In 1998, the Royal Navy purchased additional Hornets for its aircraft carriers. The Hermes class had a substantial design margin built into them which was utilized to carry a full squadron of 12 Hindustan Hornets in addition to their existing airgroup. Thus, the present British standard carrier air group of 24 Tomcat F.1s, 12 Hornet and 24 Privateer S.1Ms was attained.

Strategic Command also saw some re-equipment during the 1990s. The Blue Baron ballistic missiles were phased out and replaced by a new missile, the Blue Prince. This had a further range extension and had improved throw weight, enabling it to be equipped with multiple warheads. At first the extra throw weight was used to carry decoys and penetration aids but after a heart-rending demonstration of the utter uselessness of such equipment over the Nevada test range, these were abandoned and replaced by an additional warhead. Of course, in the early years of the 21st century, the faithful Buccaneers were replaced by the Privateer.

This left Maritime Command to be re-equipped. The Command was still flying its old Shackletons in the 1970s, a state of affairs that was hardly satisfactory. A new maritime reconnaissance aircraft was required but the offerings on the market were not suitable. In the end, Fairey Aviation produced a design that would fulfill this role. The company had designed a jet airliner to fill the gap between the short- and medium-haul rotodynes and the long haul high capacity transport. Designated the Fairey Airbus, these seated between 200 and 300 people and had a range of 1,500 to 3,000 miles depending on version. Fairey took the longest-ranged version, the four engined A340, and equipped it with forward and sideways-looking radar, a MAD stinger, a sonobuoy handling system and an internal weapons bay. While the aircraft was relatively lightly armed for its size, its sensor suite was splendid. The new maritime patrol aircraft entered service in 1993.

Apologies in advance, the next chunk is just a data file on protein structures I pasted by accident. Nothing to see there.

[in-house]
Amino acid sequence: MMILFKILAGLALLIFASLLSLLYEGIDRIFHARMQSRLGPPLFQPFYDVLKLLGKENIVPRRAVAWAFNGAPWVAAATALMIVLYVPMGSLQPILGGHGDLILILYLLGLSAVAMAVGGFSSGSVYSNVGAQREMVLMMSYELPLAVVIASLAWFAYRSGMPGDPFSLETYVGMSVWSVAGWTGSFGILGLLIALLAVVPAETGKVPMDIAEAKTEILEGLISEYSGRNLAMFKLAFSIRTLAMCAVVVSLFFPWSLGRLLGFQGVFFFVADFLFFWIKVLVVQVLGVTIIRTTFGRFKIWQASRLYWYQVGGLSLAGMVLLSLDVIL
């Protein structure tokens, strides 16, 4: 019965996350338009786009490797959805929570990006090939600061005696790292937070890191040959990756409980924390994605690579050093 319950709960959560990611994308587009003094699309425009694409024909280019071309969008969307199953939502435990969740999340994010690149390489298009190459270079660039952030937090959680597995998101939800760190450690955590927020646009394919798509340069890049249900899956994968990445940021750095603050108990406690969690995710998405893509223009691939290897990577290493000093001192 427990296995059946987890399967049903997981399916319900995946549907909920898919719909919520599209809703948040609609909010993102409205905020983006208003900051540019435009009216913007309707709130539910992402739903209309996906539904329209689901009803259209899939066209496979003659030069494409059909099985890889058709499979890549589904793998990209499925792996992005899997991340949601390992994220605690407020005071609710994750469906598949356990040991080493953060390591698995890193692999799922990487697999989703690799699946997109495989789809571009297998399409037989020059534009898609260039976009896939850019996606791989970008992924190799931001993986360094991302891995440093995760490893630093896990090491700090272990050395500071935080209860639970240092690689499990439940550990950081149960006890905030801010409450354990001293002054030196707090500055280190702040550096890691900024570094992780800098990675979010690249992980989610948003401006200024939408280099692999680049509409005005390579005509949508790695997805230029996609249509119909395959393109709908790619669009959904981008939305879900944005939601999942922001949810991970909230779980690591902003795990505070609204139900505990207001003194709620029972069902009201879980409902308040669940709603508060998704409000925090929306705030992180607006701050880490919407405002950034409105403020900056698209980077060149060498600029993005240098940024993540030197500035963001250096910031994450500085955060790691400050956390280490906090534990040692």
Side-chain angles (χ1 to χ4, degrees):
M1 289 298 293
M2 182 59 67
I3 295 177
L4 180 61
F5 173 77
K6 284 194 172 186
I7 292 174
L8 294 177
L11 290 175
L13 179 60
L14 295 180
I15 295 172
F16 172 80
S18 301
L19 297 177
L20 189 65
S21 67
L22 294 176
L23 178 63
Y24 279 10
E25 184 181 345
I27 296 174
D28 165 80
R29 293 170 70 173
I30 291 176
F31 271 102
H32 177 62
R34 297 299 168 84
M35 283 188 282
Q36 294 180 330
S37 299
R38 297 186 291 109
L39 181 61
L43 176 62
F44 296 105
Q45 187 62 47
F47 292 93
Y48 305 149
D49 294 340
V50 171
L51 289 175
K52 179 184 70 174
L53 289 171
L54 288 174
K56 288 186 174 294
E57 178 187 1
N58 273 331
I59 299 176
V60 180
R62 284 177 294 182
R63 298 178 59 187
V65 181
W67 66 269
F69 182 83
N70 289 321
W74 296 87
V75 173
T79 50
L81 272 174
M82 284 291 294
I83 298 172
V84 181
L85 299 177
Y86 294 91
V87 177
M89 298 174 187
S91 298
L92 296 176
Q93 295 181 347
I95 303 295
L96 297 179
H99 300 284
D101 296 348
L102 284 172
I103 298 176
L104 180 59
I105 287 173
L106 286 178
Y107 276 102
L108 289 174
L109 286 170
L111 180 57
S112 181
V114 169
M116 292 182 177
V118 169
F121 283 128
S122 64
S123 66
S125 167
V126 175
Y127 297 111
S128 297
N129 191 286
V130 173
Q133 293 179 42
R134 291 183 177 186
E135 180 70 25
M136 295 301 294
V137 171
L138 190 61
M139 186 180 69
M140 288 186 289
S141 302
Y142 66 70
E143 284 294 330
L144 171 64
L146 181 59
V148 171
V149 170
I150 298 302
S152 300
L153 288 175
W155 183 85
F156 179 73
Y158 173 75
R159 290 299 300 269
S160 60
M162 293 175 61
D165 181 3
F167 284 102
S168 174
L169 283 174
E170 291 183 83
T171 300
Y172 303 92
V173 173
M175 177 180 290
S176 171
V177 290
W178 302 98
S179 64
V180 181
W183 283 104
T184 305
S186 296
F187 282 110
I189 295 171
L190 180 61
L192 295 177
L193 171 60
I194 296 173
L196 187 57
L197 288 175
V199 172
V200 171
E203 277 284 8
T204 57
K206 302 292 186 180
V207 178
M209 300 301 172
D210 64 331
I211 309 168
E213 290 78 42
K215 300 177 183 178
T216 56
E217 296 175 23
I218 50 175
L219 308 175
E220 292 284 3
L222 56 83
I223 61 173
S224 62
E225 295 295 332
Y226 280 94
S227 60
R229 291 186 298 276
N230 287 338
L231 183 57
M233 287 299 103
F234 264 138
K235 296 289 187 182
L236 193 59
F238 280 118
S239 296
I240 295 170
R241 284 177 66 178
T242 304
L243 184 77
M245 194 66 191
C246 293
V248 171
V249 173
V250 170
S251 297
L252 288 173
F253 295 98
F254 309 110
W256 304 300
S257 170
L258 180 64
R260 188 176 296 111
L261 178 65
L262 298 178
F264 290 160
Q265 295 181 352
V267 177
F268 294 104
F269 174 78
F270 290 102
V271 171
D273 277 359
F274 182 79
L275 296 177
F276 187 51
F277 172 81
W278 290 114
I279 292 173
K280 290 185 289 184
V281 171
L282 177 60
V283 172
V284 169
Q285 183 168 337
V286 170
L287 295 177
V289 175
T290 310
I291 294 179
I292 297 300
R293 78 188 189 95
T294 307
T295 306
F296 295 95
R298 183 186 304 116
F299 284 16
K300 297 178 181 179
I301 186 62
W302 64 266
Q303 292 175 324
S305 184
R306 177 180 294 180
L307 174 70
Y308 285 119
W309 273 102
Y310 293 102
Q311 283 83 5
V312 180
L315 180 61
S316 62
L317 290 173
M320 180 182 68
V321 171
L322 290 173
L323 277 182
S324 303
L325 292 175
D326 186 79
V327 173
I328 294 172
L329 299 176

Thus, be the beginning of the 21st century, the UK had finally recovered from the disastrous results of the Second World War and re-established itself as a medium-rank regional power. More significantly, after a brief flirtation with Europe and the French-dominated North European Union, it had re-aligned itself with its traditional American and other Anglophone allies. It had been a long, hard road back and one not free of mis-steps and misjudgements. However, for the next forty years, the UK would have its place in the sun.